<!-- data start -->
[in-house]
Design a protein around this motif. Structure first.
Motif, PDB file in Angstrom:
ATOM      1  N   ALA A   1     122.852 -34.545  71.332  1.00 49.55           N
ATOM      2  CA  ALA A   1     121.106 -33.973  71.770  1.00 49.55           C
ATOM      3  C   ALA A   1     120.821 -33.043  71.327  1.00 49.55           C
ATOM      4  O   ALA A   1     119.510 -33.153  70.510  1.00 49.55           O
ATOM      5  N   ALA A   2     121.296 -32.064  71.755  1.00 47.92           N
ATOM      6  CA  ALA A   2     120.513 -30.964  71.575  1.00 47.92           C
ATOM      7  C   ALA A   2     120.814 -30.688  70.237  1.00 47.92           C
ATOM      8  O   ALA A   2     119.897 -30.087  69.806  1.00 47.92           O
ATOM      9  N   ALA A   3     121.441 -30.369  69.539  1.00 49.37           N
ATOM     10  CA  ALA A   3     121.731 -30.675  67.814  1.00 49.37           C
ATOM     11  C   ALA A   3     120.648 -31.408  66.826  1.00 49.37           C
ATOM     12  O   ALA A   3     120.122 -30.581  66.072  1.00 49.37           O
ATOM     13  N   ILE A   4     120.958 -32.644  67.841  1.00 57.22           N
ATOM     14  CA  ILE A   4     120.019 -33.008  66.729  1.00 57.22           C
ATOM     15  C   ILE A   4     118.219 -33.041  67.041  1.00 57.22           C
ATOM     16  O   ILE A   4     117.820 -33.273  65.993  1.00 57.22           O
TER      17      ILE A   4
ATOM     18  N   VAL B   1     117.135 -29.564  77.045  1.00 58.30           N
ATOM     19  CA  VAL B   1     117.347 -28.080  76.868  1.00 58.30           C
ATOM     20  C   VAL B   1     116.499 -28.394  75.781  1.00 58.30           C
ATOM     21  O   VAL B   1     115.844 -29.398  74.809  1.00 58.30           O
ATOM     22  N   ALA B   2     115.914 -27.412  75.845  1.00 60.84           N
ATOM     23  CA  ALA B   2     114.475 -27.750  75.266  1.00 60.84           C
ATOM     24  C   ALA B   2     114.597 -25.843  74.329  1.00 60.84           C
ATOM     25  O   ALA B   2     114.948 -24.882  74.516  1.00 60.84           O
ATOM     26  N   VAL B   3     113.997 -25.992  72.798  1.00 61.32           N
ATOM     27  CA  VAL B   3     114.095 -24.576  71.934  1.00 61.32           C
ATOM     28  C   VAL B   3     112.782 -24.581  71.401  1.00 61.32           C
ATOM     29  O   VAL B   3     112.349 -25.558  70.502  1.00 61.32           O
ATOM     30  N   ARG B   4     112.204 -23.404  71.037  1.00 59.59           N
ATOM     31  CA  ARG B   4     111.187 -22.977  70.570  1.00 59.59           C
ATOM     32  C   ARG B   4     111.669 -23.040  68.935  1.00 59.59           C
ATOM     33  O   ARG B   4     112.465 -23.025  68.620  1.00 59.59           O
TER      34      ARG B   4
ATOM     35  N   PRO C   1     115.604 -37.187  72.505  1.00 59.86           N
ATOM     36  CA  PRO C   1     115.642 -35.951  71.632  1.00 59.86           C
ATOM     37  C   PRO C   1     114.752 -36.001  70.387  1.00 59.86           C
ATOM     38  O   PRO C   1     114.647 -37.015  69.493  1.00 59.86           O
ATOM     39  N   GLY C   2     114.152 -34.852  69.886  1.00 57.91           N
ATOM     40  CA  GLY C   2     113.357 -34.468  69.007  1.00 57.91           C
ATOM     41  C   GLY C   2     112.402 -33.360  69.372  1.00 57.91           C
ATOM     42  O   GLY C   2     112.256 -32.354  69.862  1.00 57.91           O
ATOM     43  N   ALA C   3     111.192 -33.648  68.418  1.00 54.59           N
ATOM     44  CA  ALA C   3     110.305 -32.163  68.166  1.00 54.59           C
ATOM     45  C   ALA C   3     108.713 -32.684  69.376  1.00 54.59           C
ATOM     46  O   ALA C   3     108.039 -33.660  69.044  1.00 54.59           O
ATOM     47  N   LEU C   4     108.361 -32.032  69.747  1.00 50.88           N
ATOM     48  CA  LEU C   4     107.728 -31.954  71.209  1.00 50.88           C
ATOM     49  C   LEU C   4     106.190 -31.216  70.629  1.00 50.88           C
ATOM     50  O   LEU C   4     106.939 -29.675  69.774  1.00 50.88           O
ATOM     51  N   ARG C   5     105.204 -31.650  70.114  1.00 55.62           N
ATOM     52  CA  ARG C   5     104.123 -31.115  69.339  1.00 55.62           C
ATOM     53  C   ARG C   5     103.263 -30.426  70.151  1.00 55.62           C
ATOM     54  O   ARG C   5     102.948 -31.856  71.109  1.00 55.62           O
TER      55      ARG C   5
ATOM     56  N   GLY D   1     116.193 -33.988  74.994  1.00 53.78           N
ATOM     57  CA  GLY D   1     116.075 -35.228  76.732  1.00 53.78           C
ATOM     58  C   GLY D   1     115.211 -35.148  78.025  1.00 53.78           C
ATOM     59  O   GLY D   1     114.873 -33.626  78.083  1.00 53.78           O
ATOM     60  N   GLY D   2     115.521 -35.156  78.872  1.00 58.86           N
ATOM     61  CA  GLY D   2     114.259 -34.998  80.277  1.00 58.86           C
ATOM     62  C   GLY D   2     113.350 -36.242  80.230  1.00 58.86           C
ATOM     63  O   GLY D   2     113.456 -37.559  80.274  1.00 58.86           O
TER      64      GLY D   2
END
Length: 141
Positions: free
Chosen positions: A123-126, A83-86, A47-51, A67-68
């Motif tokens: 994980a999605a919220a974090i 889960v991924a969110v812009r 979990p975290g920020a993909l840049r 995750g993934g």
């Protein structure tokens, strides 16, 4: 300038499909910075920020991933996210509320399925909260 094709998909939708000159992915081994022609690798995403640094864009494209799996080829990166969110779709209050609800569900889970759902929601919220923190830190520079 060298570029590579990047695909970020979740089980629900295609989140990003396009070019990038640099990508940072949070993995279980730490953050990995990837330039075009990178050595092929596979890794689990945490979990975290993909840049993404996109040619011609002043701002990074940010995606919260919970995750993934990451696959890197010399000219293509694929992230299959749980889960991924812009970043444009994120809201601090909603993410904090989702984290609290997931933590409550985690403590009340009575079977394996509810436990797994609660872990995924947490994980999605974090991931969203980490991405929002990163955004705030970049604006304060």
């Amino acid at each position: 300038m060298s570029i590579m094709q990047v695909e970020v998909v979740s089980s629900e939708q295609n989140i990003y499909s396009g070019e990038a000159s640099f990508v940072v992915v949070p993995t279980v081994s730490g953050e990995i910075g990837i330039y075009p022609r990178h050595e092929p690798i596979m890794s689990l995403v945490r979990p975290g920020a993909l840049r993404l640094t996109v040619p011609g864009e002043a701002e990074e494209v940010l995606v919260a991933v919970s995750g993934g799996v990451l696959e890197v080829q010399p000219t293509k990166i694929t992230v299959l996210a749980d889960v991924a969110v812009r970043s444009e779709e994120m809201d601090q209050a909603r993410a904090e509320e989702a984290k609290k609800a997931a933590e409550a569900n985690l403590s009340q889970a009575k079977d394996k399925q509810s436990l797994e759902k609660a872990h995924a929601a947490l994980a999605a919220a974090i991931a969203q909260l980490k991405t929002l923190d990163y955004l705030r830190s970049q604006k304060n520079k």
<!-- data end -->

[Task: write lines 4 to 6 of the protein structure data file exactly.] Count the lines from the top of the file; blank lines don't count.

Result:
ATOM      1  N   ALA A   1     122.852 -34.545  71.332  1.00 49.55           N
ATOM      2  CA  ALA A   1     121.106 -33.973  71.770  1.00 49.55           C
ATOM      3  C   ALA A   1     120.821 -33.043  71.327  1.00 49.55           C